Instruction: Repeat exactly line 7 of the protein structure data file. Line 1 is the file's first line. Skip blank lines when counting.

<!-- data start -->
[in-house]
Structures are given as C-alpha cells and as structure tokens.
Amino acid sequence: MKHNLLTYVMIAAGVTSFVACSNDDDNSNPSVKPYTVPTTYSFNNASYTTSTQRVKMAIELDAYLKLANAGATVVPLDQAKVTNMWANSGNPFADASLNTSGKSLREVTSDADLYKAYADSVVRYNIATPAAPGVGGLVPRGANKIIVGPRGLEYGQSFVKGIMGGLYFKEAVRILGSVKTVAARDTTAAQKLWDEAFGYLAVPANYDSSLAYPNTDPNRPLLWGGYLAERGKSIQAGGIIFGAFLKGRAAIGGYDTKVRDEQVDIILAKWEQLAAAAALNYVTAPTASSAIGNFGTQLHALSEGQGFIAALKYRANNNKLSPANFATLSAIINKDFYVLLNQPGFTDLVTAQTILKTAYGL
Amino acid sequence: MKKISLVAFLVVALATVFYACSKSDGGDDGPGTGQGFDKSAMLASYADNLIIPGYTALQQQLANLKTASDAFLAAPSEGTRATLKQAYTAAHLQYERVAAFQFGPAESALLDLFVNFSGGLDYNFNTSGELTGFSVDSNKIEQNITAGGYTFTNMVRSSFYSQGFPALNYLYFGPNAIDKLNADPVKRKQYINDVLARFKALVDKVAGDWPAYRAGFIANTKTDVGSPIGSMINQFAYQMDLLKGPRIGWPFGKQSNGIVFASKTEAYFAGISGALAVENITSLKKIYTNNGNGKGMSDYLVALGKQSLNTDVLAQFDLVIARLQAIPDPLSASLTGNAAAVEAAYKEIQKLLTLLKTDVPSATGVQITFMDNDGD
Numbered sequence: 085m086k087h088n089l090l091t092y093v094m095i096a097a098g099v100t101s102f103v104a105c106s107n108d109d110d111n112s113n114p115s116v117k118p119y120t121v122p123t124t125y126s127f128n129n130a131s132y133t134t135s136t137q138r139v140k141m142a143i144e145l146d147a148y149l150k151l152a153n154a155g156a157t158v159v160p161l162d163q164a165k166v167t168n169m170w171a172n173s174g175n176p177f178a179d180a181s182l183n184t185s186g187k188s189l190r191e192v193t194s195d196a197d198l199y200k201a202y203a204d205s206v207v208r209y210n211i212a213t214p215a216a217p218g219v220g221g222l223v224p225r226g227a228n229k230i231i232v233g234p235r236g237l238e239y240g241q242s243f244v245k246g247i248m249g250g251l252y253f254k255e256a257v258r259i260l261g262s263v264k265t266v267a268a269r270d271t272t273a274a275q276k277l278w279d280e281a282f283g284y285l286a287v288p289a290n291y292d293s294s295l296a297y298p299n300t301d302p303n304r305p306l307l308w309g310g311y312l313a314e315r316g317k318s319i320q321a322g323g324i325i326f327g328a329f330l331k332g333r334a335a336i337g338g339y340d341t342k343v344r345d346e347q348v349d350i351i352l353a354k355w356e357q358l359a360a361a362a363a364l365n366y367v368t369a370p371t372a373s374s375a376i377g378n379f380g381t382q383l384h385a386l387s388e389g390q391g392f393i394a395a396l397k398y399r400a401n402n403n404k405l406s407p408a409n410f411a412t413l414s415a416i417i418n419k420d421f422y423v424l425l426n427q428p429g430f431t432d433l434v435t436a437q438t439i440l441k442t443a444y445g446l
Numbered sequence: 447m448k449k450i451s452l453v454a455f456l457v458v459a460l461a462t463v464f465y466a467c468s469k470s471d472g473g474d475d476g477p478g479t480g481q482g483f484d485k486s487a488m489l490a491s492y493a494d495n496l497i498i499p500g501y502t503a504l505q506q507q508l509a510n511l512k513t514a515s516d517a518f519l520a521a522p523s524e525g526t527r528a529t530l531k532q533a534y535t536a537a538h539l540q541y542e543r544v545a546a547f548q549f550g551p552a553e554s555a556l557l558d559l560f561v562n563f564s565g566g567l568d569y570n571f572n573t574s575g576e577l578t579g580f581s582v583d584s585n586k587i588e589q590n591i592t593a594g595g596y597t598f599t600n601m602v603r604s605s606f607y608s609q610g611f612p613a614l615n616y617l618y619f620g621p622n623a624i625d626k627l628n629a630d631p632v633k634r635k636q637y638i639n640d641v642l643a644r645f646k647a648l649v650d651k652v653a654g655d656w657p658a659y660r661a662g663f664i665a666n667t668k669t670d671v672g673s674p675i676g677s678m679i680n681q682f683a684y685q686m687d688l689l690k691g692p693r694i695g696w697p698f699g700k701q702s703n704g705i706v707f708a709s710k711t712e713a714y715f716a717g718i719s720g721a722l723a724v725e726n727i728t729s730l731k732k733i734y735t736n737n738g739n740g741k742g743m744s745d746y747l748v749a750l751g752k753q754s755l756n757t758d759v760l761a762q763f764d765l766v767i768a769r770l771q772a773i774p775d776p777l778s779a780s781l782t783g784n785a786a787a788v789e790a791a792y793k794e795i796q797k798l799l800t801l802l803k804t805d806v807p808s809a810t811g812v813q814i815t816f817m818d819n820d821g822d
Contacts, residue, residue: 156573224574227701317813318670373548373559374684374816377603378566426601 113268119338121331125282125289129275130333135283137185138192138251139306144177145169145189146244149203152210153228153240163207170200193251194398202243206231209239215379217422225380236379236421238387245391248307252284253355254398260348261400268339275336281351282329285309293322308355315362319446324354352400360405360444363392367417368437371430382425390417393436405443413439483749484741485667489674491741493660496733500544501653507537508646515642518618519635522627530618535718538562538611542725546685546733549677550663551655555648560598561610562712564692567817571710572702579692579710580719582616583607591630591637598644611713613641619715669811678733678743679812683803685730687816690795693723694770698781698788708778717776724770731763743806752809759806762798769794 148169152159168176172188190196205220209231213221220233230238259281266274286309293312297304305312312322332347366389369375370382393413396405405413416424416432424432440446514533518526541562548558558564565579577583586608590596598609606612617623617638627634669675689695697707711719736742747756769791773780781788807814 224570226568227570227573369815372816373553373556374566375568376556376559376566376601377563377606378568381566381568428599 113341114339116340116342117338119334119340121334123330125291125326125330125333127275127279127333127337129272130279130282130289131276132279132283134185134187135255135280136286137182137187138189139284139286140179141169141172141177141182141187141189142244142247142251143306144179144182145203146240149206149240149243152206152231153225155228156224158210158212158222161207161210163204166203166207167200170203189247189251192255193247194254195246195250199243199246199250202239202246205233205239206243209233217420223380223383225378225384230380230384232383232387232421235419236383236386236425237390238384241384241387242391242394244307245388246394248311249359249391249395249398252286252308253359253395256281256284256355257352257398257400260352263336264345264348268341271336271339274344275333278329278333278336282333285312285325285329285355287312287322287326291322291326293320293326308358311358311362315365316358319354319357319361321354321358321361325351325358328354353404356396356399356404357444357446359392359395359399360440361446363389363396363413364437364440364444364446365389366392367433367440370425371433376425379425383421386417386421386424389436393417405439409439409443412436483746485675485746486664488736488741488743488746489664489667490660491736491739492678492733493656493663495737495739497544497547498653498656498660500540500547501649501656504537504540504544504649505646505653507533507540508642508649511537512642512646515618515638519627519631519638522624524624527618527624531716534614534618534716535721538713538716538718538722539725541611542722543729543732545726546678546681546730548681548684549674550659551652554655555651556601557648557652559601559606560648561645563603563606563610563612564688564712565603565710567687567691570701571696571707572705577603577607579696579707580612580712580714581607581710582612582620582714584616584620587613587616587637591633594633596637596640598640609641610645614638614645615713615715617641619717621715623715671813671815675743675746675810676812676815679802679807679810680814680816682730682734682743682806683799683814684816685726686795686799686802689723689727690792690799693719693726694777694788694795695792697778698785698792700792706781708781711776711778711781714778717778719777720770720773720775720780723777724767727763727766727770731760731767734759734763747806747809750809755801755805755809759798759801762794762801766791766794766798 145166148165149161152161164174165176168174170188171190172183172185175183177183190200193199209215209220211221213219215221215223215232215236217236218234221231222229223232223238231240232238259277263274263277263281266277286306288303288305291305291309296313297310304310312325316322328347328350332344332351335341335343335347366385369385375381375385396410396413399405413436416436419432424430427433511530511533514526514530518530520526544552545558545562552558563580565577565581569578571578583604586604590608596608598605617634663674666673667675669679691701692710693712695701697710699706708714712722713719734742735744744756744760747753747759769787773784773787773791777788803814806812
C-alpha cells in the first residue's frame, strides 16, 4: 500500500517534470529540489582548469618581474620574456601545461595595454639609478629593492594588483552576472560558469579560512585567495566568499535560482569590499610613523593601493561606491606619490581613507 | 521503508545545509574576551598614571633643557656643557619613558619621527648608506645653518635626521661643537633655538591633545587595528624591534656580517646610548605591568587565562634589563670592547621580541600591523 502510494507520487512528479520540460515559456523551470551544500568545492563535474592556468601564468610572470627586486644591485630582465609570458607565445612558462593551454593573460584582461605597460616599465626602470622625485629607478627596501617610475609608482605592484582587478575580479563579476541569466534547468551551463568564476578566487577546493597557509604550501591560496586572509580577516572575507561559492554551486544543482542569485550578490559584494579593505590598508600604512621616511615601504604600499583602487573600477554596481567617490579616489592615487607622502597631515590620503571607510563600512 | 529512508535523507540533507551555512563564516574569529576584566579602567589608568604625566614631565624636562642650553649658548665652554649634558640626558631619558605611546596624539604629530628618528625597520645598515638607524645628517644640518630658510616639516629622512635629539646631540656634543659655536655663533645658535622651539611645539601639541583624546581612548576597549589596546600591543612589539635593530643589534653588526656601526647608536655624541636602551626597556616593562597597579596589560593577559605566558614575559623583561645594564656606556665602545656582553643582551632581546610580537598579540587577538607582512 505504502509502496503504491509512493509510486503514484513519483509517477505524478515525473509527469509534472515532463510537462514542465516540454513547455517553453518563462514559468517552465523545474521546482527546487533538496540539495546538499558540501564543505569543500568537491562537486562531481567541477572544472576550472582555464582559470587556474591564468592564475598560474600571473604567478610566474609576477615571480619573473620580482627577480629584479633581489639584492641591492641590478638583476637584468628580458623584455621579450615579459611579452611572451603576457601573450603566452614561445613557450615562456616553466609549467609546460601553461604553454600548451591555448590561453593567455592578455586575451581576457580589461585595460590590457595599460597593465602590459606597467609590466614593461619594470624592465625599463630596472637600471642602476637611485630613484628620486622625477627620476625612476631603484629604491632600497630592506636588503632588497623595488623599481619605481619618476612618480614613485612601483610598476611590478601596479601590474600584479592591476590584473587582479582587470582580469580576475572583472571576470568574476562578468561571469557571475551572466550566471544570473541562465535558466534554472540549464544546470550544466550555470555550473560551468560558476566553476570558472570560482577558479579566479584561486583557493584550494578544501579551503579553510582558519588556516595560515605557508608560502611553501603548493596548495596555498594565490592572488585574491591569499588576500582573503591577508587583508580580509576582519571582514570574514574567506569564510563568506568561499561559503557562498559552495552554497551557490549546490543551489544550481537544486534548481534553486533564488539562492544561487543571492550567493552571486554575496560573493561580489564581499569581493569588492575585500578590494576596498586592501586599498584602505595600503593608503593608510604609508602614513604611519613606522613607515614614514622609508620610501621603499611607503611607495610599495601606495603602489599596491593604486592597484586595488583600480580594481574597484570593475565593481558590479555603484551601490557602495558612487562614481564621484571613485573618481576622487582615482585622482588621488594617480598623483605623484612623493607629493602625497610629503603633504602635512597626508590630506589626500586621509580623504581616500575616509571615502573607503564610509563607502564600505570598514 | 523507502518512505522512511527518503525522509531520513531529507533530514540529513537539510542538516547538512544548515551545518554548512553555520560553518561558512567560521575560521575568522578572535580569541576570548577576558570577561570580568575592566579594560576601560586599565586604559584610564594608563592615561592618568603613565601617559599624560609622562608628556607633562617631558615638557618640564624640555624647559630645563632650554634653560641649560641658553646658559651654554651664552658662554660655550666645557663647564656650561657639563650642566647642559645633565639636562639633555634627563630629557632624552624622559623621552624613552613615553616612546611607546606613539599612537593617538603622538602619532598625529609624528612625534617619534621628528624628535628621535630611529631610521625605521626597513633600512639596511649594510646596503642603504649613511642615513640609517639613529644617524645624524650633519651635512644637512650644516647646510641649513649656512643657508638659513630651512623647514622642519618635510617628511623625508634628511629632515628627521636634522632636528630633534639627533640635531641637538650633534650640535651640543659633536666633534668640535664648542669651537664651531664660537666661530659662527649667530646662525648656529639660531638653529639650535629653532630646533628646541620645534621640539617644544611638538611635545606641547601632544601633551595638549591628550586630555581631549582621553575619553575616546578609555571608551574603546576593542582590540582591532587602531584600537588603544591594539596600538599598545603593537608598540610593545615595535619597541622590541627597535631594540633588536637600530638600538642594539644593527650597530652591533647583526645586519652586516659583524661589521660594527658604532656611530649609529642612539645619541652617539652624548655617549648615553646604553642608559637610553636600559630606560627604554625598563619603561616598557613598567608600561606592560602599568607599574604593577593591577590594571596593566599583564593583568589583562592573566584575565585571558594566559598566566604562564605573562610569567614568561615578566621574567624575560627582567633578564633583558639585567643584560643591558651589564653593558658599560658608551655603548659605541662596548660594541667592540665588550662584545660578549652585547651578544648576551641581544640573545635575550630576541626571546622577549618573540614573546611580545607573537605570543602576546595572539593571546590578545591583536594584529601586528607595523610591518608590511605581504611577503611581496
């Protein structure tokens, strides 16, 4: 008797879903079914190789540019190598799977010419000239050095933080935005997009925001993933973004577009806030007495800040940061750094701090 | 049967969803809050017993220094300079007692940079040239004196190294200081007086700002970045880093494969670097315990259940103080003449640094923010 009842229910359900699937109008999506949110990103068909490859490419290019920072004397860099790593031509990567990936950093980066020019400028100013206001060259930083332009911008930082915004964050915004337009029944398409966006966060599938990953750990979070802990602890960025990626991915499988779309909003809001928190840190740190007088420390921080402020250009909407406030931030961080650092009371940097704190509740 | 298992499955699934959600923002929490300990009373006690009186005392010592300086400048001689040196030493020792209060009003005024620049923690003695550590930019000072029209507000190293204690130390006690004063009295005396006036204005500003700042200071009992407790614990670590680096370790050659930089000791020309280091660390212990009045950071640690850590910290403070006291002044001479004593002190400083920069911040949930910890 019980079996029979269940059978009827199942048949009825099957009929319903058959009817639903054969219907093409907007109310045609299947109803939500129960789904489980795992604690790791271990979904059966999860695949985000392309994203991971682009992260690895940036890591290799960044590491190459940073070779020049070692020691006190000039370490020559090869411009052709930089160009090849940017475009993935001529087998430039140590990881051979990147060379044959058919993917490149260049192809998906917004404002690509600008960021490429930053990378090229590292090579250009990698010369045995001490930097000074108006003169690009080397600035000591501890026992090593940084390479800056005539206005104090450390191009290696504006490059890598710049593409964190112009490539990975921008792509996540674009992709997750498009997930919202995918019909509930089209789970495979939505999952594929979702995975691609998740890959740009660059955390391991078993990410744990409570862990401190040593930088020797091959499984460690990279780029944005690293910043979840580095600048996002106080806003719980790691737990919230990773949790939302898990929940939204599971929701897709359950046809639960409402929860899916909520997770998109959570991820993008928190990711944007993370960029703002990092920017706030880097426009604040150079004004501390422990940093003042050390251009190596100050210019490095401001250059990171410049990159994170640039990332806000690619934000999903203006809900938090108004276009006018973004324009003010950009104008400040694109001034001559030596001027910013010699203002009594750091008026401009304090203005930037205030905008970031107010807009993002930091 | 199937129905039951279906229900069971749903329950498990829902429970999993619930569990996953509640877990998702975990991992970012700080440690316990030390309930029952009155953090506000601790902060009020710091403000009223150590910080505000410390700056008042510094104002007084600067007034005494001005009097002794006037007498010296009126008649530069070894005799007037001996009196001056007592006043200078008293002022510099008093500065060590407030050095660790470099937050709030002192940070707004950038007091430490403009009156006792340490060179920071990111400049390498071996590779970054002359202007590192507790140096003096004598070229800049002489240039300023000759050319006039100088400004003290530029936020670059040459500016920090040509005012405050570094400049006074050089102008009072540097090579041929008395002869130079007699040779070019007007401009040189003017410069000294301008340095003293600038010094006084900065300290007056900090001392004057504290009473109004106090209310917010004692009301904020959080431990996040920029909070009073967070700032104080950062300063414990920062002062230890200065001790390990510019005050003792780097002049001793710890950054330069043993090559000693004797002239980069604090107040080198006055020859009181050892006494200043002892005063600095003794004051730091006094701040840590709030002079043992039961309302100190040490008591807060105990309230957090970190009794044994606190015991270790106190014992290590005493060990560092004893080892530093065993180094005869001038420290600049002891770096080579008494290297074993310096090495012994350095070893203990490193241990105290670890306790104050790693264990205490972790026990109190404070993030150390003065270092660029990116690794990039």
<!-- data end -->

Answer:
Contacts, residue, residue: 156573224574227701317813318670373548373559374684374816377603378566426601 113268119338121331125282125289129275130333135283137185138192138251139306144177145169145189146244149203152210153228153240163207170200193251194398202243206231209239215379217422225380236379236421238387245391248307252284253355254398260348261400268339275336281351282329285309293322308355315362319446324354352400360405360444363392367417368437371430382425390417393436405443413439483749484741485667489674491741493660496733500544501653507537508646515642518618519635522627530618535718538562538611542725546685546733549677550663551655555648560598561610562712564692567817571710572702579692579710580719582616583607591630591637598644611713613641619715669811678733678743679812683803685730687816690795693723694770698781698788708778717776724770731763743806752809759806762798769794 148169152159168176172188190196205220209231213221220233230238259281266274286309293312297304305312312322332347366389369375370382393413396405405413416424416432424432440446514533518526541562548558558564565579577583586608590596598609606612617623617638627634669675689695697707711719736742747756769791773780781788807814 224570226568227570227573369815372816373553373556374566375568376556376559376566376601377563377606378568381566381568428599 113341114339116340116342117338119334119340121334123330125291125326125330125333127275127279127333127337129272130279130282130289131276132279132283134185134187135255135280136286137182137187138189139284139286140179141169141172141177141182141187141189142244142247142251143306144179144182145203146240149206149240149243152206152231153225155228156224158210158212158222161207161210163204166203166207167200170203189247189251192255193247194254195246195250199243199246199250202239202246205233205239206243209233217420223380223383225378225384230380230384232383232387232421235419236383236386236425237390238384241384241387242391242394244307245388246394248311249359249391249395249398252286252308253359253395256281256284256355257352257398257400260352263336264345264348268341271336271339274344275333278329278333278336282333285312285325285329285355287312287322287326291322291326293320293326308358311358311362315365316358319354319357319361321354321358321361325351325358328354353404356396356399356404357444357446359392359395359399360440361446363389363396363413364437364440364444364446365389366392367433367440370425371433376425379425383421386417386421386424389436393417405439409439409443412436483746485675485746486664488736488741488743488746489664489667490660491736491739492678492733493656493663495737495739497544497547498653498656498660500540500547501649501656504537504540504544504649505646505653507533507540508642508649511537512642512646515618515638519627519631519638522624524624527618527624531716534614534618534716535721538713538716538718538722539725541611542722543729543732545726546678546681546730548681548684549674550659551652554655555651556601557648557652559601559606560648561645563603563606563610563612564688564712565603565710567687567691570701571696571707572705577603577607579696579707580612580712580714581607581710582612582620582714584616584620587613587616587637591633594633596637596640598640609641610645614638614645615713615715617641619717621715623715671813671815675743675746675810676812676815679802679807679810680814680816682730682734682743682806683799683814684816685726686795686799686802689723689727690792690799693719693726694777694788694795695792697778698785698792700792706781708781711776711778711781714778717778719777720770720773720775720780723777724767727763727766727770731760731767734759734763747806747809750809755801755805755809759798759801762794762801766791766794766798 145166148165149161152161164174165176168174170188171190172183172185175183177183190200193199209215209220211221213219215221215223215232215236217236218234221231222229223232223238231240232238259277263274263277263281266277286306288303288305291305291309296313297310304310312325316322328347328350332344332351335341335343335347366385369385375381375385396410396413399405413436416436419432424430427433511530511533514526514530518530520526544552545558545562552558563580565577565581569578571578583604586604590608596608598605617634663674666673667675669679691701692710693712695701697710699706708714712722713719734742735744744756744760747753747759769787773784773787773791777788803814806812